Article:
Biomedical engineering: bioinstrumentaion lab

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Question Description

Electrocardiography (ECG) is the process of recording action potentials of the heart over a period of time using electrodes placed on the skin. Electrodes sense small electrical potentials on the skin and the signal is amplified, conditioned, and displayed to give a representation of the heart’s electrical activity. The purpose of this project is to gain experience building and designing analog circuits to process the ECG signal. Student is required to write an individual report: includes: inro, summarized methods, data, results, discussion, and conclusion.

  1. Complete the hardware design of Labs 1-4 of the BSL PRO Signal Processing Breadboard Labs. Complete recordings for each Lab and review the analysis and data report sections.
  2. Turn in Data Reports for Lab 3 and Lab 5 (do not build the notch filter). For Lab 5, conduct Recording 2 – ECG and exclude data report questions 1b, 2, and 3. Please include graphs for questions 4 – 6.

Note: protocol of labs is attached some data collected pictures. 9 more data pictures can be uploaded privately, since I can't upload more than 5 files.

Biomedical engineering: bioinstrumentaion lab
Biomedical engineering: bioinstrumentaion lab
Biomedical engineering: bioinstrumentaion lab
Biomedical engineering: bioinstrumentaion lab
Biomedical engineering: bioinstrumentaion lab
Biomedical engineering: bioinstrumentaion lab
Biomedical engineering: bioinstrumentaion lab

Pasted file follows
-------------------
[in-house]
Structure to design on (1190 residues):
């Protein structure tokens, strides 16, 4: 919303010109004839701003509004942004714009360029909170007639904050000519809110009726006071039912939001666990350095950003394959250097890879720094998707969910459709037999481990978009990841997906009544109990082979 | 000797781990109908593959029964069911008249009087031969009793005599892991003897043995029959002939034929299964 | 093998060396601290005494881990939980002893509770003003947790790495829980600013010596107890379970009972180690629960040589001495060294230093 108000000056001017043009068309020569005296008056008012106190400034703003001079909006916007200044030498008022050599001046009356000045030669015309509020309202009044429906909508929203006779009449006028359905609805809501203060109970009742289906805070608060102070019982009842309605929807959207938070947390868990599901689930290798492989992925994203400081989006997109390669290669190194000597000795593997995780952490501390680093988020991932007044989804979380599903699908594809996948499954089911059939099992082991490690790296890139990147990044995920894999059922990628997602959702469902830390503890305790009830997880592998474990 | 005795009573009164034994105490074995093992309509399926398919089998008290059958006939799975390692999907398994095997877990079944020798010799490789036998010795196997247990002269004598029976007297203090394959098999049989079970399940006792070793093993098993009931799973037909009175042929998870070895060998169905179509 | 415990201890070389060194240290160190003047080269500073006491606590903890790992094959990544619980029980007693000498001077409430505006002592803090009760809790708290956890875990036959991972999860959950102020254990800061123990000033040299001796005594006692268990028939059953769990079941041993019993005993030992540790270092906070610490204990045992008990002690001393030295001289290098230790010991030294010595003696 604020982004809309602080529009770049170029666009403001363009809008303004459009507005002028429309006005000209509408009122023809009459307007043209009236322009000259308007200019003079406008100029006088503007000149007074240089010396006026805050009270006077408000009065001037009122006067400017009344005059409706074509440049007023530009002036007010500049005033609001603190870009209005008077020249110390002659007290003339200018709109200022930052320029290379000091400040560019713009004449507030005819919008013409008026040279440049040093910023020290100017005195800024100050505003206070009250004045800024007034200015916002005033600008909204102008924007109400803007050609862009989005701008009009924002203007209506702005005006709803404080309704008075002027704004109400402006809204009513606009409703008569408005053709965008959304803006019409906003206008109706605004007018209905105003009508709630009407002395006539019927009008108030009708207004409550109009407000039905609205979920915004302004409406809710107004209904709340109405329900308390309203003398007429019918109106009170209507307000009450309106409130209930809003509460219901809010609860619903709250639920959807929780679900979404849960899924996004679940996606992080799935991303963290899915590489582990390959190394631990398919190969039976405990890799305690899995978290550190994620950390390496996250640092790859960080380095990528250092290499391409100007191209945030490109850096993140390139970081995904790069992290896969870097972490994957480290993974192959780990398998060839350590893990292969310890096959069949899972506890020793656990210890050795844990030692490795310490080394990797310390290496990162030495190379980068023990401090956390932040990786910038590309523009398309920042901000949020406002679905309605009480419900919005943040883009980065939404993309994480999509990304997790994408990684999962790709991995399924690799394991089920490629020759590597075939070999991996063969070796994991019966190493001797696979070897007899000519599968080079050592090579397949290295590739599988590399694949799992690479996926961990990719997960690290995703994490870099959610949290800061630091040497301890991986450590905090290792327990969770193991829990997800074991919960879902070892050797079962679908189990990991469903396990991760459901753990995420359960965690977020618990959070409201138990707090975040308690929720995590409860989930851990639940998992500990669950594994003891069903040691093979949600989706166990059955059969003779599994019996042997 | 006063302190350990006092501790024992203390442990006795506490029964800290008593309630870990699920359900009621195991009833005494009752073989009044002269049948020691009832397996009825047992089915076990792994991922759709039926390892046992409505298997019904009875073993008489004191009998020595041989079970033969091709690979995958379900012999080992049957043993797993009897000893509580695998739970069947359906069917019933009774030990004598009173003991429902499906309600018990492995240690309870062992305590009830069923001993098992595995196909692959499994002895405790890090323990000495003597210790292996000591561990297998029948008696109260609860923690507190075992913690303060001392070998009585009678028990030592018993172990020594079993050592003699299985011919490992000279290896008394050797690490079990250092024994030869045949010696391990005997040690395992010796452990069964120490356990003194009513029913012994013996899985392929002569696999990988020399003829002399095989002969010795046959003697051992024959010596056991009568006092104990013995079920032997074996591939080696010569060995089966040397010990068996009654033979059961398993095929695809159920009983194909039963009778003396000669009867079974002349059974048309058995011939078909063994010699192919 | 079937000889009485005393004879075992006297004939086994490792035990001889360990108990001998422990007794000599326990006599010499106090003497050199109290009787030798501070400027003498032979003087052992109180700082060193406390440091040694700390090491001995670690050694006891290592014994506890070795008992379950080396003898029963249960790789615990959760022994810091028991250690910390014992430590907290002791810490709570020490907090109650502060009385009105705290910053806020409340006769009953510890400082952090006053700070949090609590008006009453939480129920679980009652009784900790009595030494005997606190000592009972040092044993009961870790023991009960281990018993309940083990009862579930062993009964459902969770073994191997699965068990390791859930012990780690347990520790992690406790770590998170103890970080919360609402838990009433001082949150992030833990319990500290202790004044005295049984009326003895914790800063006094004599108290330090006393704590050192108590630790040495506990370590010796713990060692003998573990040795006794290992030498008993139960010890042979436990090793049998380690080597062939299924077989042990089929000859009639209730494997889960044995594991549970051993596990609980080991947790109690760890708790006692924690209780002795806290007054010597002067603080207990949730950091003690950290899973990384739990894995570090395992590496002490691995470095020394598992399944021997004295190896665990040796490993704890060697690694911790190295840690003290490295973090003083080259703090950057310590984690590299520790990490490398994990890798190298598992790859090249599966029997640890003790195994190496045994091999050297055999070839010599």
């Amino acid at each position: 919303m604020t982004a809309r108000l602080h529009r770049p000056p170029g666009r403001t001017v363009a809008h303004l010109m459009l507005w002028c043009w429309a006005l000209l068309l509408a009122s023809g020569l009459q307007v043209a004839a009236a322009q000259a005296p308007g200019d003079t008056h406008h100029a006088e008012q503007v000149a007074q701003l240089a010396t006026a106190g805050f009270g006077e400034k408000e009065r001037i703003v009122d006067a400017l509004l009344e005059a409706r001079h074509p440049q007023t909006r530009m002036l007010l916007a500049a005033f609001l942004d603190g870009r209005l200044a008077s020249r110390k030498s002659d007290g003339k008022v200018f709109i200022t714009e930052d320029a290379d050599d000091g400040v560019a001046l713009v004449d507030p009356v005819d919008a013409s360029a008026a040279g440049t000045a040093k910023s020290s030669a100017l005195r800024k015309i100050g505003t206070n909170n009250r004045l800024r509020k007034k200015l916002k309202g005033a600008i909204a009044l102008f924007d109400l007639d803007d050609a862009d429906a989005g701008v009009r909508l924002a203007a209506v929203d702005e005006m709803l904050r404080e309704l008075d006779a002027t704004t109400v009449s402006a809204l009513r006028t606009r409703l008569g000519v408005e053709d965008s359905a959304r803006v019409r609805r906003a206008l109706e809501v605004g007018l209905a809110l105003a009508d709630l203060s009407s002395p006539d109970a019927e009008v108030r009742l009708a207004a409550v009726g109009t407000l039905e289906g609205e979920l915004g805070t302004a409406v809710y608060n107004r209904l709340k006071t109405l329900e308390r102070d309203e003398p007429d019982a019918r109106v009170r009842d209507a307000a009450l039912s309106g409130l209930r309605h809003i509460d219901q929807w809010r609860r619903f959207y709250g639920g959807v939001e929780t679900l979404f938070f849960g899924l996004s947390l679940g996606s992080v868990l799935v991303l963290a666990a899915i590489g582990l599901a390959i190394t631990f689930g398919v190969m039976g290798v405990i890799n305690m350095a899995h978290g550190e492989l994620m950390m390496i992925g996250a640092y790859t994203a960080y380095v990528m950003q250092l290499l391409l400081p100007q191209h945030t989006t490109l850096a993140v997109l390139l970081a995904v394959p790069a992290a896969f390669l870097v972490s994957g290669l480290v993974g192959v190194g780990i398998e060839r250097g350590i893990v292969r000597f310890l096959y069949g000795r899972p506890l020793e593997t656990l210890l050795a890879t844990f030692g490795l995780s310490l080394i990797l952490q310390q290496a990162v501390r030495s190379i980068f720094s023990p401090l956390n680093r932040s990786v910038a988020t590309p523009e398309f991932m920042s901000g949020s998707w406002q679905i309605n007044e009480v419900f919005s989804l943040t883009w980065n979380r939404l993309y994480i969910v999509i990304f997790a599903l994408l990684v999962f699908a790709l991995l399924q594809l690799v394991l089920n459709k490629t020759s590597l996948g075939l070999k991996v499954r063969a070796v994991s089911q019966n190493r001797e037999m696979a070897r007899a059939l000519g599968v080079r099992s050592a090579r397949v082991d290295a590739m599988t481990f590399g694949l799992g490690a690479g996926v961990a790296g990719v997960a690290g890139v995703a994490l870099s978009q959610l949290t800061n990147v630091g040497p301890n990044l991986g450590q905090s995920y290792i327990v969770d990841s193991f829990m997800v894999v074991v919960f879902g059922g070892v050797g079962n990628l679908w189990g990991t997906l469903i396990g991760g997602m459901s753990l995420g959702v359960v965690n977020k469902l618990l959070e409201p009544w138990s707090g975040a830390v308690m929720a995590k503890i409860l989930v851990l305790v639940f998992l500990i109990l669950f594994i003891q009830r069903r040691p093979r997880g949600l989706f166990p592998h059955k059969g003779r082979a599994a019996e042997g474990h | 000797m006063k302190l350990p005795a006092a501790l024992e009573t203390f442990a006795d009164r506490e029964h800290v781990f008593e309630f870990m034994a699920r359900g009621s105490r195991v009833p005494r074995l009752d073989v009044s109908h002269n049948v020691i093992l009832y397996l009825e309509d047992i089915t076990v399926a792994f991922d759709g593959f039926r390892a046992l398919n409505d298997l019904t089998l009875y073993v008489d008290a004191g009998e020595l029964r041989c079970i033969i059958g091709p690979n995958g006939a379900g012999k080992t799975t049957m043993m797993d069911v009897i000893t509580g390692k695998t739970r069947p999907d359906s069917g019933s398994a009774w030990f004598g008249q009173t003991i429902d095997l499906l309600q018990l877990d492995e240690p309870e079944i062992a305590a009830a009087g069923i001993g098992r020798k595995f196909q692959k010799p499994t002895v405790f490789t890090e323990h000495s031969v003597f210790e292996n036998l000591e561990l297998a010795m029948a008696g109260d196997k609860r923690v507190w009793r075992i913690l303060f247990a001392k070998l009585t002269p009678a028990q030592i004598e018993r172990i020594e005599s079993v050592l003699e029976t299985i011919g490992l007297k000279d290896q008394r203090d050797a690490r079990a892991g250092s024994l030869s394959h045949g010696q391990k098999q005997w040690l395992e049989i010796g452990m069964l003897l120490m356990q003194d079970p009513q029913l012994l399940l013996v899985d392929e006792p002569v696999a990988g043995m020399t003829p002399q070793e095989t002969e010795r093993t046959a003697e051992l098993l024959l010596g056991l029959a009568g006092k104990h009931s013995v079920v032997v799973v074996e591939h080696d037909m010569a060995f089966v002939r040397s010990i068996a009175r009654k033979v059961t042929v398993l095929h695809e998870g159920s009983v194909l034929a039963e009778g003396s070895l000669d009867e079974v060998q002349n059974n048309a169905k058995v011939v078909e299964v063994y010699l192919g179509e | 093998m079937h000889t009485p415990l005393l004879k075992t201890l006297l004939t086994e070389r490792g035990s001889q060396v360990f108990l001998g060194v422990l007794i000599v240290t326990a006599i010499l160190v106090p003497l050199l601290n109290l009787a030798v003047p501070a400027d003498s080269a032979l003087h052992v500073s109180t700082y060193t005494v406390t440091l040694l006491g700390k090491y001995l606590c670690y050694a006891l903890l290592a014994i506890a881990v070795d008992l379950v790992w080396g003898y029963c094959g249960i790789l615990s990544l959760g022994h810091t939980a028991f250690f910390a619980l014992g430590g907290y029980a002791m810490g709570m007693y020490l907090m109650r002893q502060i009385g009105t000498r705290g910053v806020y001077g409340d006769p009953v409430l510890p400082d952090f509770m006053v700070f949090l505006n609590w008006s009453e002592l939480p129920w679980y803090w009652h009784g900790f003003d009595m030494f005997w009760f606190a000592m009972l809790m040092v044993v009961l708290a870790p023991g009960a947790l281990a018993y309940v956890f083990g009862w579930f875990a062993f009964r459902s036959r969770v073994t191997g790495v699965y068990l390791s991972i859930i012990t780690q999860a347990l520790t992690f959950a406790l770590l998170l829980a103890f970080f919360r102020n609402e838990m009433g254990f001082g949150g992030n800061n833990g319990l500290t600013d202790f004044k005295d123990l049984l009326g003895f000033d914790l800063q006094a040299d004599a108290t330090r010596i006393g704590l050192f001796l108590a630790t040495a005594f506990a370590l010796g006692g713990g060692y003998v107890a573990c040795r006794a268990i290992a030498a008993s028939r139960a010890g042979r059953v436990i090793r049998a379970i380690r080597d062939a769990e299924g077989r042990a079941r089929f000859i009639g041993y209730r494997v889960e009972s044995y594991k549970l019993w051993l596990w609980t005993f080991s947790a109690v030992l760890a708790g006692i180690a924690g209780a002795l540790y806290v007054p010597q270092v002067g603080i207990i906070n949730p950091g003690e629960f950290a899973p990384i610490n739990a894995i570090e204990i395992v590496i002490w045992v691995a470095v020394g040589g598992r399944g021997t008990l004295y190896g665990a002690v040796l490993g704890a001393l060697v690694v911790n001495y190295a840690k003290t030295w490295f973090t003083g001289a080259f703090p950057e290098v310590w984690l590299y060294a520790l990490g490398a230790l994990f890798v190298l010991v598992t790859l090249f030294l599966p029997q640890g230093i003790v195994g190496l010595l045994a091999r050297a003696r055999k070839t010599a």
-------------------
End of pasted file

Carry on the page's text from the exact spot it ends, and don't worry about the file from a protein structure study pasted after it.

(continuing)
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BSL PRO Signal Processing Breadboard Labs © BIOPAC 06.22.11 Signal Processing Breadboard Lab Summary: Lab 1: Square Wave Oscillator Lab 6: QRS Detection: Band Pass Filter video 3 Lab 2: Instrumentation Amplifier video 1 Lab 7: QRS Detection: Absolute Value Circuit video 4 Lab 3: High Pass Active Filter Lab 8: QRS Detection: Low Pass Filter and Overall System Test Video 5-log Lab 4: Active Gain Block and Low Pass Filter Lab 5: Notch Filter for 50/60 Hz Rejection video 2 The Signal Processing Labs use the BIOPAC SS39L Signal Processing Breadboard, the SS39L Interface Cable, SS60L Interface Cable, and the BSLTCI-22 Breadboard Electrode Interface. Page 1 of 63 BSL PRO Signal Processing Breadboard Labs © BIOPAC 2005 Signal Processing Background The human body can be studied by viewing the potential difference (Voltage) between strategically placed surface electrodes. Because surface electrodes are an easy, non-invasive way to obtain information about the body, they represent a good starting point for examining the types of electronic circuits used in Biomedical Engineering. In order to view and record the potential difference between surface electrodes, electronic circuits are used. Electrode leads, which are essentially wires, connect the electrodes to the circuit. Most signals from physiological activity have small amplitudes and must be amplified and processed before they can be viewed in a meaningful way. The good news is that the characteristics of biopotential amplifiers are much the same as any other amplifier. We will review the basics of amplifiers, with special emphasis on the biopotentials. 1. Gain. Physiological signals have amplitudes that range from several microvolts to a few millivolts. To drive display and recording equipment, most biopotential amplifiers have gains of 500 or greater. It is useful to use the decibel form of gain, which is obtained from linear form by the formula: Gain(dB)  20 log10 Linear Gain) 2. Common-mode rejection (CMR). The human body makes a reasonably good antenna, and will create electric potentials from electromagnetic radiation present in the atmosphere. A serious problem is 50/60 Hz radiation - present almost anywhere there is electric power. The problem become acute when the biopotentials we wish to monitor have useful energy in the 50/60 Hz range. CMR is the property of canceling any signals that are in common to both inputs, while amplifying differential signals (a potential difference between the inputs). Both AC and DC CMR are important for physiological signals. CMR is usually specified for a common-mode voltage change at a certain frequency. The common-mode rejection ratio (CMRR) is first obtained: CM ) CMRR  AD (VVOUT where AD is the differential gain of the amplifier VCM is the common-mode voltage present at both inputs of the amplifier VOUT is the output voltage result when the common-mode inputs are applied The logarithmic conversion of CMRR, common-mode rejection is defined as: CMR(dB)  20 log10 CMRR) 3. Frequency response. The bandwidth of a physiological amplifier should accurately amplify all the frequencies of importance in the signal, while rejecting those signals outside the bandwidth of interest. The bandwidth is defined as the difference between the low frequency cutoff and high frequency cutoff. The cutoff is defined at the point where the gain is 0.707 of the midpoint gain of the response, and is alternatively called the half power point ( 0.707 2  0.5) , or –3dB point, since  3.01(dB)  20 log10 0.707) . 4. Input impedance. A fundamental rule of measurement is to not allow the measuring device influence the signal under observation. An amplifier should exhibit high input impedance so as to not measurably attenuate physiological signals being measured. In the case of the ECG, the ECG electrode itself has low impedance, but skin impedance can range from 100 ohms to 1M ohm. Amplifier input currents cause potentials across the skin impedance that are amplified by the gain of the amplifier, causing large DC offsets in the amplifier output. 5. Noise and drift. Unwanted signals that contaminate physiological measurements, noise produced within amplifier circuitry is generally defined as those signals with components above 0.1Hz, while drift refers to the changes in baseline below 0.1Hz. Noise can be measured in microvolts peak to Page 2 of 63 BSL PRO Signal Processing Breadboard Labs © BIOPAC 2005 peak ( V p  p ) or microvolts root mean square ( VRMS ). Sources of drift include offset voltage drift (varying input impedance), and gain drift, usually affected most by temperature. 6. Electrode polarization. Electrodes made of metal, and used with a electrolyte, such as the standard ECG Silver/Silver chloride electrode, form small potentials resulting from ion electron exchange between the electrode and the electrolyte (as in a battery). The challenge for the amplifier designer is to amplify the weak physiological signals in the presence of these polarized dc signals. Page 3 of 63 BSL PRO Signal Processing Breadboard Labs © BIOPAC 2005 ECG Background The generation of electrical activity in the heart is characterized by mechanical events. During the period of diastole, the heart rests between beats, and assumes its maximum size while filling with blood that has been oxygenated by the lungs and venous blood from the body. Mechanical activity in the heart is called systole and is initiated by contraction of muscles surrounding the atria by electrical stimulation. The stimulations of the sinoatrial node (SA node), a bundle of nerves located in the right atrium, start the heartbeat and set the frequency of cardiac rhythm. This rhythm can be modified by nerve fibers external to the heart that function to control the hearts response to increases or decreases in the body’s demand for blood. Contractions of muscles comprising the atria are stimulated by impulses generated by the SA node. Impulses from the SA node are conducted along nerve fibers in the atrium to depolarize the atriovetricular node (AV node). AV node stimulation causes contraction of the muscles comprising the ventricles via the bundle of His and the Purkinje conducting system. The depolarization and repolarization of the SA node is followed by the depolarization and repolarization of the AV node – this is the electrical control system that initiates the muscle contractions necessary to maintain the heart’s pumping action. This nerve system generates the external action potentials known as electriocardiogram (ECG), which can be recorded by electrodes at the surface of the body. ECG waveform and heart function (from Biophysical Measurements, P. Strong, Tektronix Inc.) It is important to understand the basic functions of the heart as shown by the ECG waveform. The QRS spike is associated with the rapid depolarization of ventricular muscle immediately preceding its contraction. The P wave is the result of atrial depolarization and the T wave is caused by ventricular muscle repolarization. Monitoring this electrical generator, enclosed in a torso, is the function of electrocardiography. By attaching electrodes to certain places on the body, the small electrical potentials on the surface are sensed. The potentials can then be amplified, conditioned and displayed to give a representation of the heart’s electrical activity. Assuming we will be using the basic frontal plane cardiac vector – a standard placement of electrodes – we can construct a simple ECG monitor to record the potentials. Circuit requirements: The ECG QRS spike can range from 400 uV to 2.5 mV peak, and will require a voltage gain of 100 to 1000. ECG bandwidth has been standardized to make interpretation of the results uniform. Two filters with 3dB cutoffs are used – a high pass filter at 0.05Hz and a low pass filter at 100Hz. A 60Hz (or 50Hz) notch filter is used to attenuate nominal mains interference. Although the waveform of the ECG is considered as a low frequency AC signal, there can be significant DC offsets between the electrodes on the body (0 to ±20mV DC). With a voltage gain at +1000, a DC offset of 20mV will cause an amplifier to try to produce a signal at 20.0V, higher than typical power supplies permit. We must prevent DC offsets from swamping the AC signal of interest, and we do this with a high pass filter. Signals present on the electrodes higher than 100Hz contribute noise to the ECG that must be reduced to present an accurate view of the ECG. Potentials generated from muscle activity are undesirable in the ECG and are partially reduced with the low pass filter (it is required that a person being monitored for ECG remain relaxed and motionless.) There are numerous other potentials that are inadvertently amplified when using electrodes to monitor ECG. The mains power produces very high levels of EMI interference, which must be Page 4 of 63 BSL PRO Signal Processing Breadboard Labs © BIOPAC 2005 carefully eliminated. The use of shielded electrodes, coupled into a differential amplifier, can reduce EMI mains interference dramatically. Other sources of EMI include radio stations, cell or portable phones, microwave sources, computers, and automotive ignition. We will not attempt to squelch all these sources of interference, although you may experience them in your circuits. Page 5 of 63 BSL PRO Signal Processing Breadboard Labs © BIOPAC 2005 Breadboard Setup The SS39L Breadboard is designed to rapidly prototype the ECG circuitry without the use of soldering equipment. Close examination of the SS39L Breadboard reveals that there are five individual boards mounted on the plastic base. The top bus strip has a row of two power bus rows. Next is a strip that contains a 5x64x2 connection array, designed to easily accept 0.3” Dual In Line (DIP) integrated circuits (IC). Beneath the 5x64x2 strip is another power bus strip identical to the top strip. The BIOPAC lessons do not use or refer to the bottom two boards. The power busses are not labeled on the SS39L, so for safety and reliability, add the following labels:     Top Row: ‘-5’ Row above row A: ’G1’ Row below row J: ‘G2’ Next Row: ‘+5’ The power strips must be wired so that the top bus is connected to -5.0V (Green terminal), the bus above row A is GND (Black terminal), the bus below row J is also GND (Black terminal), and the last bus is connected to +5.0V (Red terminal). Needle nosed pliers are recommended for inserting wires into the breadboard. 1. Connect a Brown 1.0” jumper from the Black terminal (GND) to the bus above Row A (G1). Connect a Red 2.0” jumper from G1 to G2. 2. Connect a Yellow 4.0” jumper from the Red terminal (+5V) to the bus +5. 3. Connect a Brown 1.0” jumper from the Green terminal (-5V) to the bus -5. 4. Each bus is actually divided into two half busses. Bridge all the busses by adding four 0.3” Orange jumpers as shown below. Next, place all the integrated circuits and wire them to the power busses, adding the decoupling capacitors. 1. Place the LMC6484A with pin 1 in row F, column 55 2. Place an LM324 with pin 1 in row F, column 35 3. Place an LM324 with pin 1 in row F, column 24 4. Place an LM324 with pin 1 in row F, column 13 5. Connect four 0.01uF capacitors with one end in pin 4 of each IC, the other end to G2 bus. 6. Connect four 0.01uF capacitors with one end in pin 11 of each IC, the other end to G1 bus. 7. Check all capacitors for short circuits. 8. Place the BSLTCI-22 Breadboard Electrode Adapter with pin 1 in row A, column 48. Page 6 of 63 BSL PRO Signal Processing Breadboard Labs © BIOPAC 2005 Power Verification BME ECG Board Layout with Integrated Circuits The following steps will apply +5V and -5V isolated power to the breadboard from the MP36/MP35. The MP36/MP35 power is limited to about 100ma. If the MP36/MP35 power is overloaded by the breadboard circuitry due to improper wiring, the MP36/35 may not perform acquisitions properly. 1. If inserted, remove the DB9 end of the SS39L cable from the MP36/MP35, and turn off the MP36/MP35. 2. Plug in the SS39L Cable Black (GND) banana plug into the Black terminal jack. 3. Plug in the SS39L Cable Red (+5) banana plug into the Red terminal jack. 4. Plug in the SS39L Cable Green (-5) banana plug into the Green terminal jack. 5. Plug in the SS39L Cable GND Reference pin into the breadboard GND bus G1. 6. Plug in the SS39L Cable SIGNAL pin into the breadboard GND bus G1. 7. Plug in the SS39L Cable DB9 plug into CH1 of the MP36/MP35. 8. Plug in the SS60L Cable DB9 plug into CH2 of the MP36/MP35. 9. Plug in the SS60L Cable SIGNAL pin into the breadboard GND bus G1. 10. Plug in the SS60L Cable GND pin into the breadboard GND bus G1. 11. Turn on power to the MP36/35. Verify 5V(±5%) and -5V(±5%) power buses with a DVM.  If at any time during the experiments the measured power busses drop below their rated values, turn off the MP36/35 and find the cause of the circuit overload in your breadboard wiring. 12. Start BSL PRO. Make a sample reading of the MP36/MP35 (Start). Verify that the reading is ~0.00V DC. If there is a problem with power that causes the MP36/MP35 startup routine to fail, the Busy light on the MP36/MP35 front panel will flash an error code sequence, and will not allow a recording to occur. The Busy light normally comes on for 1 or 2 seconds, blinks once for USB renumeration, stays on for 10-20 seconds for self-calibration, then turns off. The Busy light then monitors USB data transfers. Page 7 of 63 BSL PRO Signal Processing Breadboard Labs © BIOPAC 2005 Figure 1 – BME LAB SCHEMATIC – 1 of 2 Page 8 of 63 BSL PRO Signal Processing Breadboard Labs © BIOPAC 2005 Figure 1 – BME LAB Schematic – 2 of 2 Page 9 of 63 BSL PRO Signal Processing Breadboard Labs © BIOPAC 2005 Lab 1: Square Wave Oscillator Objectives: 1. Create a Square Wave Oscillator, which will be used to test the remaining circuits in the BME labs. 2. Approximate the magnitude of an ECG signal. Background: The step voltage has great value in analysis of amplifiers. The square wave generator built in this lab is used later to determine gain and AC-response of the remainder of the circuits in the BME Breadboard Labs. Square wave generators are available commercially, but self-test is an important part of most modern medical equipment, so it is included as the first project. A Square Wave Oscillator can be designed using the opamp as a Schmitt comparator, using a single quad opamp (Fig. 1.1). Fig. 1.1 Schematic for SS39L Breadboard Lab 1 Referring to the schematic, the Square Wave output voltage is Vo, and the voltage across the capacitor is Vc. The voltage across the comparator inputs Vi is the difference of (Vc – ßVo). Assuming an ideal comparator response, with the voltage Vi < 0, the capacitor charges exponentially toward Vo through the RC combination. The output stays at Vo until Vc=+ßVo, which causes the comparator output to reverse to – Vo. Vc charges exponentially toward –Vo. The output will continue this cycle, with the period T: T  2 R3C1 ln1  2 R1 ) R2 The output will swing rail to rail. With the LMC6484 opamp (supplied with the SS39L), expect ~9.8 Vpp signal out, with some offset due to mismatch between positive and negative rail levels. This will also affect the square wave symmetry. The oscillator is followed by an amplifier which provides a divide by 19.6 (0.5 Vpp) which, in turn, is followed by another amplifier that divides by 200 (2.5 mVpp). The 2.5 mVpp square wave is a signal level very close to the expected ECG signal, and can be used to test the instrumentation amp gain, as well as the high and Low Pass filters. The 0.5 Vpp will be used for the common mode test of the instrumentation amp. Page 10 of 63 Lab 1 BSL PRO Signal Processing Breadboard Labs © BIOPAC 2005 Laboratory: Hardware Setup 1. Build the square wave oscillator and divisor functions per the Lab 1 Schematic (Fig. 1.1). 2. Connect the interface cables to the MP36/MP35 unit. a. SS39L into CH1 on the MP36/MP35 b. SS60L into CH2 on the MP36/MP35 3. Connect the interface cables to the breadboard to monitor the square wave outputs. a. MP36/MP35 CH1 signal input to 0.5 Vpp (IC1 pin 7). b. MP36/MP35 CH2 signal input to 2.5 mVpp (IC1 pin 8). c. Connect the negative leads to the ground bus. Software Setup Set the BSL PRO software for recording as follows:  Use the SqWvGen.gtl template (File > Open > SqWvGen.gtl) to simplify setup. 1. MP36/MP35 > Set up Channels: a. Enable Acquire Data, Plot On Screen, and Enable Display Value for CH1 and CH2, and type a label for each channel. b. Click the “wrench” icon for CH1 and set parameters as follows: i) Filters 1, 2, 3: None; Gain: x50, Offset: 0; Input coupling: DC ii) Scaling 10 mV  50 mV and -10 mV -50 mV. Scaling is set at x5 to account for the probe’s ÷5 internal resistor scaling. Page 11 of 63 Lab 1 BSL PRO Signal Processing Breadboard Labs © BIOPAC 2005 iii) | c. Click the “wrench” icon for CH2 and set parameters as follows: i) Filter 1,2,&3: None; Gain: x2000; Offset: 0; Input coupling: DC ii) Scaling 10 mV  50 mV and -10 mV  -50 mV. Scaling is set at x5 to account for the probe’s ÷5 internal resistor scaling. d. Click OK as required to exit Set up Channels. 2. MP36/MP35 > Set up Acquisition a. Mode: Record, Save Once, PC Memory b. Sample Rate: 5000 c. Acquisition Length: 5 seconds (minimum) 3. Use two measurement rows. To set up, select (File > Preference > General). Show 2 measurement rows. Show 3 digits of precision. Page 12 of 63 Lab 1 BSL PRO Signal Processing Breadboard Labs © BIOPAC 2005 Recording 1. Press the “Start” button in the software window to begin recording. 2. After at least 5 seconds, press the “Stop” button. Analysis 1. a. b. c. 2. Set the following measurements for each channel: Freq (frequency) d) Stddev (standard deviation) Mean e) P-P (peak-to-peak) Delta T (time) Select a section of the high output level for each channel, avoiding any ringing at the transitions, and measure Mean. 3. Select a section of the low output level for each channel, avoiding any ringing at the transitions, and measure Mean. 4. Select one square wave cycle and measure Freq, Delta T, and Stddev, P-P for each channel.  Standard deviation of a square wave is ½ the P-P value. Standard deviation is equal to RMS, but with the added bonus of DC removal. 5. Do you notice “noise” on the 2.5mVpp signal? Magnify a section of the signal to measure the frequency and amplitude. Page 13 of 63 Lab 1 BSL PRO Signal Processing Breadboard Labs © BIOPAC 2005 Data Report for Lab 1: 1. Report all findings of the Lab. Channel High Mean Low Mean Freq Delta T Stddev P-P CH1 CH2 2. Include recorded graphs of the results.  To paste graphs into an open Word document, select Edit > Clipboard > Copy Graph in BSL PRO and then right-click in the Word document and select paste. 3. Review the findings. a. Is the square wave symmetrical (are the periods for both halves of the cycle equal)? Yes No b. What is the ratio of the noise to the 2.5mVpp signal? c. Report any discrepancies from actual results and expected results.  Expected results: Frequency: 1.0 Hz ±20%; Output Voltage at voltage dividers: 0.5 Vpp and 2.5 mVpp ±10% d. Report suspected causes for any discrepancies. e. How was /could the problem(s) be fixed? 4. What is the correlation between the Delta T and Freq measurements? (answer as an equation) 5. Why is the Stddev measurement more precise than the P-P measurement? End Lab 1 Page 14 of 63 Lab 1 BSL PRO Signal Pr ...